The primary sensor consists of a 30mm x 30mm PIN diode detector (900 mm2 active area), 300 microns in depth, housed in a separate screened aluminium unit mounted on the CEDEX module box. This is connected to a charge amplifier and a pulse-shaping circuit which, in turn, are connected to an event-driven, hardware-logic controlled pulse-height multi-channel analyser. The experiment is controlled autonomously by a CAN-microcontroller with its own data-storage RAM and built-in data-compression software. This sends data to an internal CAN-controller which formats and sends them on to the primary OBC via the spacecraft's CAN bus.
Ionespheric Space Science An advanced 12-channel GPS receiver on-board the TiungSAT-1 microsatellite will be used primarily for determining the orbit and position of the microsatellite to within 100 metres and also to provide precise and accurate timing for spacecraft timing for spacecraft functions and payloads.
By positioning two GPS antennas on-board TiungSAT-1, the position of the microsatellite can be determined from GPS satellites in good view and compared with signals received from other GPS satellites as they dip down through the Earth's ionosphere. The timing delays and phase changes due to the diffraction that result can yield information on the electron density profile of the ionosphere and its fluctuations.


The RF communications subsystem enables the ground stations to communicate both telemetry, telecommand and payload data to and from the space craft in orbit. It consists of UHF (435 to 438 MHz) downlink transmitters with modulator and VHF (144 to 146 MHz) uplink receivers with demodulator. The exact operating frequency of the uplink and/or the downlink can be selected under ground or on-board control, within a limited range. Communications for telemetry, telecommand and payload data are provided using error-protected digital packet communications at VHF and UHF at rates from 9.6 and 38.4 kbps, and experimentally at 76.8 kbps.
The downlink system consists of two transmitters, primary and one cold standby (secondary). One transmitter has a variable power output of up to 10 W, the second transmitter has a fixed power level of 1.5W measured at the transmitter output when the battery is at maximum charge and operated at the expected operating temperature.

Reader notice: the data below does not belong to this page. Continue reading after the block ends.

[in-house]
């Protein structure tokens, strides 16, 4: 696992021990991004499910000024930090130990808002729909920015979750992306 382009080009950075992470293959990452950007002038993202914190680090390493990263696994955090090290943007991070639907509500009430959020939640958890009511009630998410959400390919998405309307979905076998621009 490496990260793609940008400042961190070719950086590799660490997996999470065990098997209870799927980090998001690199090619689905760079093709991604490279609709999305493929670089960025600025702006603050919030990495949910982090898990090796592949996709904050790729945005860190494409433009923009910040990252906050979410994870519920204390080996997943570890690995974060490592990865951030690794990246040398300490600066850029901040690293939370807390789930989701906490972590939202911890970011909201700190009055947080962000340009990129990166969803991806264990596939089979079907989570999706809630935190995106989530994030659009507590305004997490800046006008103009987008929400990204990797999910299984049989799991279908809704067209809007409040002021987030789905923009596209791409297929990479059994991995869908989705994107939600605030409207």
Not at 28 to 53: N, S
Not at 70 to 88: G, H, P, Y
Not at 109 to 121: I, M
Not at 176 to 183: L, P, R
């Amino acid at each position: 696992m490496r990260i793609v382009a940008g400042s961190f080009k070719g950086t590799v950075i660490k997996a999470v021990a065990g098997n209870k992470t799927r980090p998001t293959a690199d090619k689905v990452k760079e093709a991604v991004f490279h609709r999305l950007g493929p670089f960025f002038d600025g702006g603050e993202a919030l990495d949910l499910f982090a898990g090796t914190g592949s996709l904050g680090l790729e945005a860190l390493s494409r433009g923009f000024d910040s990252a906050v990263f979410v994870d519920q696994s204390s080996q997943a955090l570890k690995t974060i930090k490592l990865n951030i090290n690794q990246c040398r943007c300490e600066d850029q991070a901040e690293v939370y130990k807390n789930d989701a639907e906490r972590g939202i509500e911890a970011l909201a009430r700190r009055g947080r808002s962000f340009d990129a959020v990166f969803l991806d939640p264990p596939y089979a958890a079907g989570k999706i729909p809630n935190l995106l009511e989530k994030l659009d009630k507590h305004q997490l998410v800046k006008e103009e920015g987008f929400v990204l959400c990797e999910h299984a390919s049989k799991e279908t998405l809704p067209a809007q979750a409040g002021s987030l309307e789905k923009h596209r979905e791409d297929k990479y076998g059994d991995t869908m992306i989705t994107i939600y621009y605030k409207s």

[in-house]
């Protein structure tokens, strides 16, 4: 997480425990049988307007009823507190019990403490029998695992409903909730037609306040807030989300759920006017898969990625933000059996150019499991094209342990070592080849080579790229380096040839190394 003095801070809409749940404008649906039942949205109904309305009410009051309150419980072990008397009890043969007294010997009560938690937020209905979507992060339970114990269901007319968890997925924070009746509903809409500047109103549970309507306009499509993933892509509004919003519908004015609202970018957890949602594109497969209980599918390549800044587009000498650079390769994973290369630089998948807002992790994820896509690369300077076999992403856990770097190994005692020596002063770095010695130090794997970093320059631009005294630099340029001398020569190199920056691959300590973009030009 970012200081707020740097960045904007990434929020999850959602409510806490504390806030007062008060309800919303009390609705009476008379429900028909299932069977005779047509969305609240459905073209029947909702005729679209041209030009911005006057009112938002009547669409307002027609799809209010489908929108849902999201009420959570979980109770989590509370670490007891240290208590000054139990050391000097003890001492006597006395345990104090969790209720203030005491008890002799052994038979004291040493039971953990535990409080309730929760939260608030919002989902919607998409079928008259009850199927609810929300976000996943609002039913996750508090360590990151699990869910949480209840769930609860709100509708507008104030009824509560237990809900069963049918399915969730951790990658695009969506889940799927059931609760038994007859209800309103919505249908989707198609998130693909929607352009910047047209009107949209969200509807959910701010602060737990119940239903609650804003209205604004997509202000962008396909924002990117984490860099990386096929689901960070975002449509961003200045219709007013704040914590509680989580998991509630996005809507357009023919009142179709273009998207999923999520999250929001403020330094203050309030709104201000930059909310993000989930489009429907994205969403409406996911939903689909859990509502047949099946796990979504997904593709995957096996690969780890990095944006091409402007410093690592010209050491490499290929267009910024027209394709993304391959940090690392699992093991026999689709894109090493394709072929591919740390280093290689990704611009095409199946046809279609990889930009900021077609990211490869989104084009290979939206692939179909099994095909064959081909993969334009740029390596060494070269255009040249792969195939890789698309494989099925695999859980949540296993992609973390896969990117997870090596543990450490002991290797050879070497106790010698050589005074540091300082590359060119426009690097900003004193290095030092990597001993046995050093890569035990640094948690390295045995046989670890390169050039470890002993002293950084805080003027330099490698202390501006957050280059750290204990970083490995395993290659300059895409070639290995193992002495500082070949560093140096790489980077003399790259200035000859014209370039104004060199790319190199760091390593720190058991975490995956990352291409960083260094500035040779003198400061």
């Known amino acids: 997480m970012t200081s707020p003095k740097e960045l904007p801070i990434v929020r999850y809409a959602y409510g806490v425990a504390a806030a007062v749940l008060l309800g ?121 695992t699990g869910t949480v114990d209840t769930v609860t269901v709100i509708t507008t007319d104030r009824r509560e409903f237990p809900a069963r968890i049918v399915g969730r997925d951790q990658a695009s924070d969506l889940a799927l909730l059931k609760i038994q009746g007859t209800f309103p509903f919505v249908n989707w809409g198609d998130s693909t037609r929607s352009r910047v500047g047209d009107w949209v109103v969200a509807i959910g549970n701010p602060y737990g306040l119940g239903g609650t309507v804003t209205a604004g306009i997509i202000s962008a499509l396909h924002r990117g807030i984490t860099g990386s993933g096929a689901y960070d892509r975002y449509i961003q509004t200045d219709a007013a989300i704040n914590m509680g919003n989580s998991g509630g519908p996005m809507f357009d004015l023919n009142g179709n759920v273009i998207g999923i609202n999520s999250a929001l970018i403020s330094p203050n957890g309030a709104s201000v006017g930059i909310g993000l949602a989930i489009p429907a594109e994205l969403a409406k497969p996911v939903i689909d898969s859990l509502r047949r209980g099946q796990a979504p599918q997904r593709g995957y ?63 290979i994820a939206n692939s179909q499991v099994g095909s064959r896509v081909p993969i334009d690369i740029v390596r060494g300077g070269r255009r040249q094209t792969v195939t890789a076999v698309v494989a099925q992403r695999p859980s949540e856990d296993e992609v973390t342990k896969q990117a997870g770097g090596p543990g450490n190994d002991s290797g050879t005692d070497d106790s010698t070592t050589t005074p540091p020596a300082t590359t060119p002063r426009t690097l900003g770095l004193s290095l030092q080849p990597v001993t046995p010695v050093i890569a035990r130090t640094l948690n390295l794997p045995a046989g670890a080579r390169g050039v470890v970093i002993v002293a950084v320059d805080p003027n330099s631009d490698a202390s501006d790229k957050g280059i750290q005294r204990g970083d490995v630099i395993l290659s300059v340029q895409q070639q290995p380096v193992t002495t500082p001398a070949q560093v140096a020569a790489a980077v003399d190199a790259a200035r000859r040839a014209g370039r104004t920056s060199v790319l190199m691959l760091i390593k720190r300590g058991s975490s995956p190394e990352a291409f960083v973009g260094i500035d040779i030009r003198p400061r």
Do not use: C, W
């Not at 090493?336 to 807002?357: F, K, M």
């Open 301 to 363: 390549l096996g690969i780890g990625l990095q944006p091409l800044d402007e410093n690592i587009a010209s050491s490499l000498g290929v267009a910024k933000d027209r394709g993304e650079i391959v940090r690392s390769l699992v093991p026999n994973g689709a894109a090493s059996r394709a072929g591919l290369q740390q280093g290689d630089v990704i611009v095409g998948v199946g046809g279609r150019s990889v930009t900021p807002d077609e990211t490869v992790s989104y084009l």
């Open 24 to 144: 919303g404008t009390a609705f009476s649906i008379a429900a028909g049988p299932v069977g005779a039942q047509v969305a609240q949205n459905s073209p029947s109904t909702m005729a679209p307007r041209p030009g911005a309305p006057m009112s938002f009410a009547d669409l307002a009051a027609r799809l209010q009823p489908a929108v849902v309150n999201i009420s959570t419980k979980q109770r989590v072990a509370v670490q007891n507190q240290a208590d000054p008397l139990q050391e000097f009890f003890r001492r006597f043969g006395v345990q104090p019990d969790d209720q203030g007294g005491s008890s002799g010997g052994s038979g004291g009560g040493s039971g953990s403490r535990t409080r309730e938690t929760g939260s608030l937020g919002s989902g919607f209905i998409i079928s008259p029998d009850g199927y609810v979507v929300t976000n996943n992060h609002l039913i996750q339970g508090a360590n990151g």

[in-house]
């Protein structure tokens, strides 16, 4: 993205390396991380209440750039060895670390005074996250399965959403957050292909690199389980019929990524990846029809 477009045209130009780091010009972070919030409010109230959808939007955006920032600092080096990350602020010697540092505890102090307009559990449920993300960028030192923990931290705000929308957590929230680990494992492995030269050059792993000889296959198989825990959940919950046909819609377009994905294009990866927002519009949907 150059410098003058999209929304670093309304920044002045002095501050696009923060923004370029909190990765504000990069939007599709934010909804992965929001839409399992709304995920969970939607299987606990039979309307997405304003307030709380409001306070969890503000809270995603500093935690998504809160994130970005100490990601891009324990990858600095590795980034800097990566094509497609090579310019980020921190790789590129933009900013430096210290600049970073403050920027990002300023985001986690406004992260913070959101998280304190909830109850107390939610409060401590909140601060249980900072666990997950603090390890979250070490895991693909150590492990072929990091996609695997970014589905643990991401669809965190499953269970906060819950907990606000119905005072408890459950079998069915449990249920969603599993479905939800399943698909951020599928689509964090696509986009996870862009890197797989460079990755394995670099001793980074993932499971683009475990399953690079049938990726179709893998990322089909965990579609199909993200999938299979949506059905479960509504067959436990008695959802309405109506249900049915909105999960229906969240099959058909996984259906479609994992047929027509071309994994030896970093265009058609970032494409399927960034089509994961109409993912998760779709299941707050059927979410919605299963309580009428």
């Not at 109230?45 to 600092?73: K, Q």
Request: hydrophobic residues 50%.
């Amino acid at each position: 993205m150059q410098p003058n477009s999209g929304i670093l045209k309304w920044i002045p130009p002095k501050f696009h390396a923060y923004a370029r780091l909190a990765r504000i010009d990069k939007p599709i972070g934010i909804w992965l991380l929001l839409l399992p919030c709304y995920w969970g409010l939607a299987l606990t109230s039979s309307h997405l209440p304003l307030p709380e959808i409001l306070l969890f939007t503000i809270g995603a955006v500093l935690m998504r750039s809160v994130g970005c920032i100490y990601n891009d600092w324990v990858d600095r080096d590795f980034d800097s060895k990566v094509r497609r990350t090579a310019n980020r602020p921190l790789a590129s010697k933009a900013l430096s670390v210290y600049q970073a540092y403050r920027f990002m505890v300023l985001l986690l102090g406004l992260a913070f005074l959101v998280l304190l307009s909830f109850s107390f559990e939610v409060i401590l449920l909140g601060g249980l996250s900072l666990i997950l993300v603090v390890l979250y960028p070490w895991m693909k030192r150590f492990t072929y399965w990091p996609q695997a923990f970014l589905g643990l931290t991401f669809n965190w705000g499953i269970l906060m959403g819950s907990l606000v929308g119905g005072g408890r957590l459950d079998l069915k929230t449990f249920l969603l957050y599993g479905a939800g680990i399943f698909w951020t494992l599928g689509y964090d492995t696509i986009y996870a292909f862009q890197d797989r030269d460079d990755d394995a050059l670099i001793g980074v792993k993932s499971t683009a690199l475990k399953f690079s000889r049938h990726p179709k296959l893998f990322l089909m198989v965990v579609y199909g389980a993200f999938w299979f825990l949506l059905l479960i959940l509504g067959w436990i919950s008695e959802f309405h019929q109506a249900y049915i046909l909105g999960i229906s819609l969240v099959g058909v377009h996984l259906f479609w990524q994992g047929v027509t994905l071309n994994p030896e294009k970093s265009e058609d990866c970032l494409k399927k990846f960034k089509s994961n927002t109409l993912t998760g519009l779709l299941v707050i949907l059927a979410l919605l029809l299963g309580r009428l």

The uplink system is triple redundant. Two primary uplink receivers are provided. Each has a separate LNA and two-frequency switch. A third receiver is the command receiver and does not have a LNA, this makes it both more reliable and less susceptible to interference. Once past the antenna, the uplink system includes no single point failure nodes. All three uplink receivers operate at 9.6 kbps rate.
The uplink VHF antenna consists of 4 monopoles. The antenna is linearly polarised and has a gain of approximately 0 dBi. The downlink UHF antenna system consists of 4 monopoles. Either the primary or the redundant transmitter chain can be connected to the downlink antenna through a latching relay controlled by on-board or ground-initiated telecommand.
Power Subsystem
The power subsystem conditions and distributes solar-generated electrical energy for the entire spacecraft. It provides regulated voltage supplies at +5V and ±10V along with an unregulated supply which fluctuates between 12V and 14V (depending upon the battery state of charge).
Four 330 x 530 mm solar array panels are mounted directly to the satellite body. These panels comprise Gallium-Arsenate (GaAs) solar cells for high conversion efficiency. The overall panel efficiency typically delivered from these panels is 19.5%, and the beginning of life (BOL) orbit-average power available is 20W.
The spacecraft battery is built from 10 NiCd cells. The battery has a capacity, at standard operating temperature, of 7Ah and a nominal operating voltage of 12 - 14V. The battery permits operation of payload and platform subsystems throughout eclipse periods and also provides limited-duration peak powers in excess of the capability of the solar panels.
A comprehensive satellite mission operations and control groundstation is being installed at Department of Physics, Universiti Kebangsaan Malaysia (Latitude: 2.917 degree North and, Longitude: 101.78 degree East). A standard Mission & Control Groundstation (MOCGS) to provide a cost-effective primamry station for mircosatellite mission has been designed. All components of the ground station, from uplink and downlink antennas to data archiving computers, have been chosen to provide an optimal compromise between cost, reliability and performance.